LONICERA CAERULEA, the HONEYBERRY, BLUE-BERRIED HONEYSUCKLE, or
SWEETBERRY HONEYSUCKLE, is a honeysuckle native throughout the cool
* 1 Classification
* 1.1 Varieties * 1.2 Common names
* 2 Distribution and habitat
* 3 Cultivation
* 3.1 Disease
The classification within the species is not settled. One classification uses nine varieties :
* Lonicera caerulea var. altaica. Northern Asia. * Lonicera caerulea var. caerulea. Europe. * Lonicera caerulea var. cauriana. Western North America. * Lonicera caerulea var. dependens. Central Asia. * Lonicera caerulea var. edulis, synonym: L. edulis. Eastern Asia. * Lonicera caerulea var. emphyllocalyx (also known as Haskap). Eastern Asia. * Lonicera caerulea var. kamschatica. Northeastern Asia. * Lonicera caerulea var. pallasii. Northern Asia, northeastern Europe. * Lonicera caerulea var. villosa. Eastern North America.
* Tundra * Borealis * Indigo Treat * Indigo Gem * Indigo Yum * Honeybee * Aurora * Wojtek * Atlaj * Nimfa * Berry Blue * Polar Jewel
According to research at the University of Saskatchewan , each variety can be distinguished by the size of berries, taste, and bush dimensions.
Haskap berry diversity
Lonicera caerulea is known by several common names
* Haskap: an ancient Japanese name of the Ainu people (also spelled phonetically as Haskappu, Hascap, Hascup); used today in Japan and North America * Blue honeysuckle: descriptive translation from Russian origin * Honeyberry: common in North America * Swamp fly honeysuckle: coined by botanists who found it growing wild in swampy areas of Canada
DISTRIBUTION AND HABITAT
The species is circumpolar, primarily found in or near wetlands of boreal forests in heavy peat soils. However, it also can be found in high-calcium soils, in mountains, and along the coasts of northeastern Asia and northwestern North America. The plant is winter-hardy and can tolerate temperatures below minus 47 degrees Celsius.
Haskap products on retail display in a Japanese market
Haskap variety edulis has been used frequently in breeding efforts, but other varieties have been bred with it to increase productivity and flavor. In several haskap breeding programs, the variety emphyllocalyx has been the dominant one used.
Plants of many haskap cultivars grow to be 1.5 to 2 meters tall and wide, can survive a large range of soil acidity, from 3.9-7.7 (optimum 5.5-6.5), requiring high organic matter, well drained soils, and plentiful sunlight for optimum productivity. Lonicera caerulea plants are more tolerant of wet conditions than most fruit species.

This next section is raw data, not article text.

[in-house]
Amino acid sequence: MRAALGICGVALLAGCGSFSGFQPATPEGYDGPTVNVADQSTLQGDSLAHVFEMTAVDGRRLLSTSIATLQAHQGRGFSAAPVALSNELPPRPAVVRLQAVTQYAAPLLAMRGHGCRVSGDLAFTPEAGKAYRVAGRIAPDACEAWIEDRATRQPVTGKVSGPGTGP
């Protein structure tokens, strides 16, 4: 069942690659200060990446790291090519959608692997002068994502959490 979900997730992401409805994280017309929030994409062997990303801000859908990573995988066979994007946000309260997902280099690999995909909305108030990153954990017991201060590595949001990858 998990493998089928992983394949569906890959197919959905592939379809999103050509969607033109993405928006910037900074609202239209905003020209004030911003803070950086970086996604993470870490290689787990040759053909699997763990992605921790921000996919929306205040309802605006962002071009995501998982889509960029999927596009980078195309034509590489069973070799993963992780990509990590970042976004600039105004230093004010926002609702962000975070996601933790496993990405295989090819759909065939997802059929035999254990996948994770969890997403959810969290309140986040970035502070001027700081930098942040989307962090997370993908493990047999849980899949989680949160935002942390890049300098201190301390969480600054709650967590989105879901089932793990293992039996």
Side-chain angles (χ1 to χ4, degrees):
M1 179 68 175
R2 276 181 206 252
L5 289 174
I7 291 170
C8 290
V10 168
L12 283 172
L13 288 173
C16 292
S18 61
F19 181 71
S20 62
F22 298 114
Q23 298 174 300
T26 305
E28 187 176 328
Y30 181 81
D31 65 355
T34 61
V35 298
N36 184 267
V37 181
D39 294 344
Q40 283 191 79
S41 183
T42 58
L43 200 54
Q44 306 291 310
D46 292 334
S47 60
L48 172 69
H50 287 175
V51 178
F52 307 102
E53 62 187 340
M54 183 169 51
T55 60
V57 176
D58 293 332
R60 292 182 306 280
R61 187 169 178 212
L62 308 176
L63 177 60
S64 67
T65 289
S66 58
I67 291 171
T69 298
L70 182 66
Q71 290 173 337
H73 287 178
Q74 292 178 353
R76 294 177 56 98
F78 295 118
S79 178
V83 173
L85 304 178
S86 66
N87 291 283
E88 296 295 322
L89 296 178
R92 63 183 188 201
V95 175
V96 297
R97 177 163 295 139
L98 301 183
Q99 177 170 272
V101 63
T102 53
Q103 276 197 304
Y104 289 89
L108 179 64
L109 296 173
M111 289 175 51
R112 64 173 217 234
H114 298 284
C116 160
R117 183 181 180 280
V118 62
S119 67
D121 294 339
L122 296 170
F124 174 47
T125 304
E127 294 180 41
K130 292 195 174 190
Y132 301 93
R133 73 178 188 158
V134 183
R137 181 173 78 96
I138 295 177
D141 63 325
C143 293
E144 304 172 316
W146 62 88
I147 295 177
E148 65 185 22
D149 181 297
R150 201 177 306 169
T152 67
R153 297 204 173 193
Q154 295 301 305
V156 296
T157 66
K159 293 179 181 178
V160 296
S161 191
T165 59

Each berry has approximately 20 seeds that resemble tomato seeds based on their size and shape, but the seeds are not noticeable during chewing.
HARVEST AND USES
Honeysuckle is harvested in late spring or early summer two weeks before strawberries for Russian type varieties, with Japanese types ripening at a similar time to strawberries . The berries are ready to harvest when the inner layer is dark purple or blue. The outer layer is dark blue and looks ripened, but the inner layer may be green with a sour flavor. Two compatible varieties are needed for cross pollination and fruit set. In North America, most Russian varieties are adapted to hardiness zones 1 to 4. The plants may take three or four years to produce an abundant harvest. Average production on a good bush is about 3 kilograms (6.6 lb) and can maintain productivity for 30 years.
Honeysuckle can be used in various processed products, such as pastries , jams , juice , ice cream , yogurt , sauces , candies and a wine similar in color and flavor to red grape or cherry wine.
As a blue pigmented fruit, Lonicera caerulea contains polyphenol compounds, including cyanidin 3-glucoside , cyanidin 3-rutinoside , and peonidin 3-glucoside . Other phytochemicals present are proanthocyanidins and organic acids , including a high content of citric acid .
Over centuries, Lonicera caerulea has been used in traditional medicine in East Asian countries for a variety of therapeutic applications.
* ^ The Plant List: A Working List of All Plant Species; Family
Lonicera by Species, The Plant List, Version 1,
Royal Botanic Garden-Kew and Missouri Botanical Garden, 2010,
retrieved 18 May 2016
* ^ "BSBI List 2007". Botanical Society of Britain and Ireland.
Archived from the original (xls) on 2015-01-25. Retrieved 2014-10-17.
* ^ "
Lonicera caerulea". Natural Resources Conservation Service
PLANTS Database. USDA . Retrieved 6 January 2016.
* ^ USDA GRIN Taxonomy, retrieved 18 May 2016
University of Saskatchewan (2007). "University of Saskatchewan